“Locked Out” was fab. The TA version, much as I love it, always sounded a little untogether, as if they weren’t quite, well, I was going to say locked-in, and the pun was unintended!

Neil played a LOT of keyboards. “Walking On The Spot” was a highlight for me – no mess, no fuss.

I was surprised by the huge audience reaction to the new single, “Don’t Stop Now”. I mean, I *love* it and even though it’s maybe not quite a classic song, it has all the elements that to me make a great Crowded House sound. But the mainly diehard fan audience greeted it like the old classic that they’d all been waiting to hear, which I’m sure was very encouraging for the band!

“She Called Up” was another major moment. So hugely soulful. I love the studio version, but live, with Neil sitting behind a Fender Rhodes and singing more soulfully than I’ve ever heard him, I couldn’t help thinking of Ray Charles. And the lalala bit was spine-tingling.

Of course we couldn’t help thinking of Paul, who commited suicide in Melbourne a couple of years ago. Apart from his wonderful, inventive and slightly swinging drumming style, he brought a lot to the band with his totally uninhibited sense of humour and unpredictability. Anyone who has seen him would agree that *that* part of him was unique and irreplaceable. Neil dedicated his classic “Melbourne song”, as he called it, “Four Seasons In One Day” to Paul.

Well, you know, it was always going to be a huge thrill seeing them back together again, and even more so because of the intimate setting, and they didn’t disappoint!

Here are some of the songs I remember them doing, not in order:

  • Recurring Dream
  • Mean To Me
  • World Where You Live
  • Also Sprach Zarathustra (played with only one chord, or less)
  • Pineapple Head
  • Something So Strong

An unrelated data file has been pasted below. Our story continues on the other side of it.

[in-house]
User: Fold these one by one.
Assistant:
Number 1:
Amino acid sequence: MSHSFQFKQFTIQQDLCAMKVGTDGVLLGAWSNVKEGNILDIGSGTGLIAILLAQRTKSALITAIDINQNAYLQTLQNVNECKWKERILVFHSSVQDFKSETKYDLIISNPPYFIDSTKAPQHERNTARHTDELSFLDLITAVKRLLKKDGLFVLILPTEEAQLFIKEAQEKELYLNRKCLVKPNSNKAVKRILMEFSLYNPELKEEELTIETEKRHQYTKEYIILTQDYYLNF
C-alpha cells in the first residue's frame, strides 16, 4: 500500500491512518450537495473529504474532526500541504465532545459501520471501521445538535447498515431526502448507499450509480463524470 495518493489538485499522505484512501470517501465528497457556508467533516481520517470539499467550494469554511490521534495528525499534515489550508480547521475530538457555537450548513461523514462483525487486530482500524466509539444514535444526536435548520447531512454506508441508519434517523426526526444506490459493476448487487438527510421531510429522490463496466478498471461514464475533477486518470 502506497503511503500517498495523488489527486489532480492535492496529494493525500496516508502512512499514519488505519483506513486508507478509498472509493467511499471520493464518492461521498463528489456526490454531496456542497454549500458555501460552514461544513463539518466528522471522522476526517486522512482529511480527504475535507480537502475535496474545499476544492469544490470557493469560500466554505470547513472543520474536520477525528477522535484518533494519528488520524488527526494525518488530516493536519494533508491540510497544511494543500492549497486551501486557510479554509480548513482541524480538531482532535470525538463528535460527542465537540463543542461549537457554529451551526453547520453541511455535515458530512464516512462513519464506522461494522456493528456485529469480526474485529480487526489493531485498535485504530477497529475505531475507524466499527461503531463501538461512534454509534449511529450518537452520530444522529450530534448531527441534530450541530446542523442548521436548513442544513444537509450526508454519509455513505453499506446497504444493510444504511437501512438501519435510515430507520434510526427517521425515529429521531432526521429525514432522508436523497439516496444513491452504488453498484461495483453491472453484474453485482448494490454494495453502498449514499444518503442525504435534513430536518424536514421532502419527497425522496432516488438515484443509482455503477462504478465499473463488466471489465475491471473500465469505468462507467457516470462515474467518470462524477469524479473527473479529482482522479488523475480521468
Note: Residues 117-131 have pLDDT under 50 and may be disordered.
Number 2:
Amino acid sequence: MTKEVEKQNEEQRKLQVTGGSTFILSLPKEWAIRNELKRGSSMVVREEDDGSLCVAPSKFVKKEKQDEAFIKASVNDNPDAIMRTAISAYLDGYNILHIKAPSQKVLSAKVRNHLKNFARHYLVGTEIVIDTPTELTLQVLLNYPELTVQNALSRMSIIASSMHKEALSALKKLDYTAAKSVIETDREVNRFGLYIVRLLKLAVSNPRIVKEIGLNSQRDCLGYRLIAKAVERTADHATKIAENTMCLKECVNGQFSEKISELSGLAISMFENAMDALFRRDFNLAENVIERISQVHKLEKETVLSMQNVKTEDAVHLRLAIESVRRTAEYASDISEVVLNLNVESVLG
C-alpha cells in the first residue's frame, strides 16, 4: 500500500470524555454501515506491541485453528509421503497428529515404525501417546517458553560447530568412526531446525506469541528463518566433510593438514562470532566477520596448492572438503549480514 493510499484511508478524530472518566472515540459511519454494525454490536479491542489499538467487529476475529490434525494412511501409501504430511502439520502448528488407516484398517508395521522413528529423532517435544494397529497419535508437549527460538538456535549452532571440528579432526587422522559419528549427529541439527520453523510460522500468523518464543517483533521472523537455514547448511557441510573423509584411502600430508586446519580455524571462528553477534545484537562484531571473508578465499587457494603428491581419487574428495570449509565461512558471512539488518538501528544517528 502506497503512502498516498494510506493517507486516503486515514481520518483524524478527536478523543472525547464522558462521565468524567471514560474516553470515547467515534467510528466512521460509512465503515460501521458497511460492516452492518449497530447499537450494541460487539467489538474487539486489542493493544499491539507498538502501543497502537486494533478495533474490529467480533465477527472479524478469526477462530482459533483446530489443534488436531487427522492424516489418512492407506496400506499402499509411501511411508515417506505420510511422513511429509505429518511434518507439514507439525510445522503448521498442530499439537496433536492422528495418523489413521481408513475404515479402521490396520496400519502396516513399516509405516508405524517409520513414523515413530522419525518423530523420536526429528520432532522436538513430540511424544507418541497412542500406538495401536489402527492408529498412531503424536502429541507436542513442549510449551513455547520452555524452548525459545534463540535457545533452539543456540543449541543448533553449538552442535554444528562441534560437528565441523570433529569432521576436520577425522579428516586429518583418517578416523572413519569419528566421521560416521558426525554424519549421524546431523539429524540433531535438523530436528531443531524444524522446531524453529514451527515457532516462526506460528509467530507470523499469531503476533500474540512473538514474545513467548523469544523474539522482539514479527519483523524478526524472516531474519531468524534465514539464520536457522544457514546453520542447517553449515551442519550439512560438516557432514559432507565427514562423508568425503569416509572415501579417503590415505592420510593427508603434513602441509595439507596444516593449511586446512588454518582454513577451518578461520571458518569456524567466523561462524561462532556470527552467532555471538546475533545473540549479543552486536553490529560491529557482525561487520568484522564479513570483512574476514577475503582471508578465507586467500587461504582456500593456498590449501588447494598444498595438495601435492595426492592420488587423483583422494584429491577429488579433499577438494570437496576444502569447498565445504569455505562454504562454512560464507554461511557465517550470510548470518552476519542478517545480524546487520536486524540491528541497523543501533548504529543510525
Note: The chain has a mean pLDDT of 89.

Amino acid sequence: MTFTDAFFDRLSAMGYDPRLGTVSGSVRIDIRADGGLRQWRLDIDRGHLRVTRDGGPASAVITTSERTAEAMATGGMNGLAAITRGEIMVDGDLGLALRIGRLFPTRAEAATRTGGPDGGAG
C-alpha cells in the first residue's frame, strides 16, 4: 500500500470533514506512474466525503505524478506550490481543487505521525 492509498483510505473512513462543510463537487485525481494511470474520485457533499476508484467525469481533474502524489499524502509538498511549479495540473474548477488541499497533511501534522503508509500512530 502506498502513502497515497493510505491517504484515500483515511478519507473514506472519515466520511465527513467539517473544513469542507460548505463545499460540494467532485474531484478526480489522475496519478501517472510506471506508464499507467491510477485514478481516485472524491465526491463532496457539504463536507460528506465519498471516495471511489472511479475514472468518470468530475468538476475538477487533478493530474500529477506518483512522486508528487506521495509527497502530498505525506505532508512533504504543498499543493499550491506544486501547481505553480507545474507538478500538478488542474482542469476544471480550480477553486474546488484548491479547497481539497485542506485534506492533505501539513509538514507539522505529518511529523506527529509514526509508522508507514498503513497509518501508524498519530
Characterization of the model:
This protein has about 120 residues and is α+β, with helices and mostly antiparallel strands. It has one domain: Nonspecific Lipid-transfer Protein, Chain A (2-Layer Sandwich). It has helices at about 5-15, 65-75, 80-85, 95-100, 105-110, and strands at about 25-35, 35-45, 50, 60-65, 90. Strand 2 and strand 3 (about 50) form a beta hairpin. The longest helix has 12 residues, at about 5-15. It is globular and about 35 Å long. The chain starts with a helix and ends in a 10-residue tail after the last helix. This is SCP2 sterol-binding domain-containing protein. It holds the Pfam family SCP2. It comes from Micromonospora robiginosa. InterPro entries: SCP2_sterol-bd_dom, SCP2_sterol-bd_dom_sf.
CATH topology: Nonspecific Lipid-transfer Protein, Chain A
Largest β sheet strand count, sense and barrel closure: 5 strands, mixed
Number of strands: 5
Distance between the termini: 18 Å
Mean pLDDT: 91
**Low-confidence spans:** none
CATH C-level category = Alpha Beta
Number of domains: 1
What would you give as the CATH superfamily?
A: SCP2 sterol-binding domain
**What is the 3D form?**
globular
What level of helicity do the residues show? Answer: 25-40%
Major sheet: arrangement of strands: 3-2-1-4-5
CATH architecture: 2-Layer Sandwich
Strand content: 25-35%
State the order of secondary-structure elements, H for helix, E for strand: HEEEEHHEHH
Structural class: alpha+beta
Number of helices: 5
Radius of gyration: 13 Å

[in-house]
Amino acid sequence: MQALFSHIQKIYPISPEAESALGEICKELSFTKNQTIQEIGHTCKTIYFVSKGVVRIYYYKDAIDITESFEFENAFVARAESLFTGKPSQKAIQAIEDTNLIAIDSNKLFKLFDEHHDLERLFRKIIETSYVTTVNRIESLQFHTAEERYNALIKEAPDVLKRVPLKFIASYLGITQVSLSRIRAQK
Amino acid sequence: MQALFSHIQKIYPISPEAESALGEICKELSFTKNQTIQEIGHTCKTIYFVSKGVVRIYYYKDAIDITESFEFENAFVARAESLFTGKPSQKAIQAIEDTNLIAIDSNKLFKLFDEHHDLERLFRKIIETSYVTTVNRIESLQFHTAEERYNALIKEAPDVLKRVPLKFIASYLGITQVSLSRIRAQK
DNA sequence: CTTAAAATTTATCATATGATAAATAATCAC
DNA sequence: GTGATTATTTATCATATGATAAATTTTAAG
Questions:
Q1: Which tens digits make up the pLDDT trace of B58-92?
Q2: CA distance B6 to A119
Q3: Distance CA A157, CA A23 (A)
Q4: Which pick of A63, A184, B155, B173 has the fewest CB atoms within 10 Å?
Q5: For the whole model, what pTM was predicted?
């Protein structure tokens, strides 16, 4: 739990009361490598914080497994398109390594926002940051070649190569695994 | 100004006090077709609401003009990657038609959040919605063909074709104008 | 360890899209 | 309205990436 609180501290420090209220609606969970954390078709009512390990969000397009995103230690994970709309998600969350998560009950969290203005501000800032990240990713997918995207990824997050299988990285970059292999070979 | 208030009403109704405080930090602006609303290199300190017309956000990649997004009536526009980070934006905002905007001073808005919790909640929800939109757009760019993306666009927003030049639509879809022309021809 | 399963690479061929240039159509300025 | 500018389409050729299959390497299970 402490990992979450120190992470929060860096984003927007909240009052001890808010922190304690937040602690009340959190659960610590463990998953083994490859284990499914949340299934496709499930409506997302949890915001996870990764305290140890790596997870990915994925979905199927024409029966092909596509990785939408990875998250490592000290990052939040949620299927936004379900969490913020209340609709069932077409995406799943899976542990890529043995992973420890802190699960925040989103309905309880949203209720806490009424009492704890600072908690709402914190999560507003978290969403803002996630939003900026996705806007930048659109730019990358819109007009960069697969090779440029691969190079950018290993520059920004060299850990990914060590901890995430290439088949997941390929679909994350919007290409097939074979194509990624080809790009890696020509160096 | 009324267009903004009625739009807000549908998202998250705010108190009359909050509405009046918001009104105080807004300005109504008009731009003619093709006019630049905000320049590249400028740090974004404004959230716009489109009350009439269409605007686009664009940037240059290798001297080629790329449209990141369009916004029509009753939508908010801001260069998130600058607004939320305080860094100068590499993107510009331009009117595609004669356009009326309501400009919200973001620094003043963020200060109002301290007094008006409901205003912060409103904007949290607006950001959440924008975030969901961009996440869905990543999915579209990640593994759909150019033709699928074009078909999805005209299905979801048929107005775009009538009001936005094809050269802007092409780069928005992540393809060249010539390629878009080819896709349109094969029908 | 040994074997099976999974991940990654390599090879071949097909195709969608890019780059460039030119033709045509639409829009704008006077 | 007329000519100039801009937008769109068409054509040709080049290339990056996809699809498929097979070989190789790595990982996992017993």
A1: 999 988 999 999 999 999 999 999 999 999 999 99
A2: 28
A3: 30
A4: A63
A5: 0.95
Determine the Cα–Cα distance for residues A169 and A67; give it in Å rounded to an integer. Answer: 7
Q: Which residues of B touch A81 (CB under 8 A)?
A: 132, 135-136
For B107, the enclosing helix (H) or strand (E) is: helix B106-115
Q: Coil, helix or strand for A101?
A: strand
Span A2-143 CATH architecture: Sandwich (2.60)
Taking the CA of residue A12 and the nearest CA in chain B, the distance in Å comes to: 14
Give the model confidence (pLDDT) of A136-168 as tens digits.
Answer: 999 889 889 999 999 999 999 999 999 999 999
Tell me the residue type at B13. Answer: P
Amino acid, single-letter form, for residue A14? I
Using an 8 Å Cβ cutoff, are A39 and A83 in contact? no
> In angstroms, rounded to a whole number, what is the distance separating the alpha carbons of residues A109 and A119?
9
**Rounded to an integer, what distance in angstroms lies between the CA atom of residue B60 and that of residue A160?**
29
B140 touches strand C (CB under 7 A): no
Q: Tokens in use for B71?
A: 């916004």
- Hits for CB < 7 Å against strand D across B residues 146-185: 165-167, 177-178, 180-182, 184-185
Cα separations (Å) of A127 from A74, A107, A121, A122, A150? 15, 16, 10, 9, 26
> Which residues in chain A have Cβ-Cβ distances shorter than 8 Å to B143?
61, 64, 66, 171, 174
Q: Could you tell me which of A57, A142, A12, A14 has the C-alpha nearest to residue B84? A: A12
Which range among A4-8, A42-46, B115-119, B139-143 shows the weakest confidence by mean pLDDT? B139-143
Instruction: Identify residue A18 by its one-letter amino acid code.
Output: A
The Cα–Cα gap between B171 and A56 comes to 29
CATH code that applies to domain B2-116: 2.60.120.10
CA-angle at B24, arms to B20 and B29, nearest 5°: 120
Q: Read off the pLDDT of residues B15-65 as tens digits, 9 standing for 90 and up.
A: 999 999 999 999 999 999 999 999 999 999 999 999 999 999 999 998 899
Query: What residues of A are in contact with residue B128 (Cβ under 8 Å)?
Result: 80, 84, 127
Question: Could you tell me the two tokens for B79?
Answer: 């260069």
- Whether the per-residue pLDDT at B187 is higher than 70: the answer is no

• Love You ‘Til The Day I Die
  • Don’t Dream It’s Over
  • When You Come
  • Sister Madly
  • Fall At Your Feet
  • Red Sails in The Sunset (remarkably, played with only two chords)
  • Four Seasons In One Day
  • Locked Out
  • Nails In My Feet
  • Walking On The Spot
  • Nobody Wants To
  • Don’t Stop Now
  • She Called Up
  • Some other ones from the new album (I know, I know, it’s pathetic that I can’t remember – I was up very late last night!)

Review by DC Cardwell

 

Review of Split Enz at Rod Laver Arena, Melbourne, Australia, 5 June 2006 (by DC Cardwell)

We went to see Split Enz in Melbourne last night at the Rod Laver Arena (home of the Australian Tennis Open), and we were lucky to be in the 6th row on the ground. The sound was perfect. The band came on in a big bag (looked like The Blob) and when they popped out they were wearing something Noel had made out of old curtains (so nothing new there), each member a different flavour of Olde English Spangle.

A long set with two sets of encores, and beautifully paced. Tim Finn was in magnificent voice. Sometimes he’s a bit shaky and you think, “why did he write the songs in those high keys?” but last night he hit every note and his voice was strong and true. He was the most active and energetic member and did a lot of running around. Neil Finn seemed slightly in his shadow, but I’ve often noticed that Neil takes a bit of a back seat when Tim’s on stage – he also smiles more when Tim’s there and seems to always just be admiring him.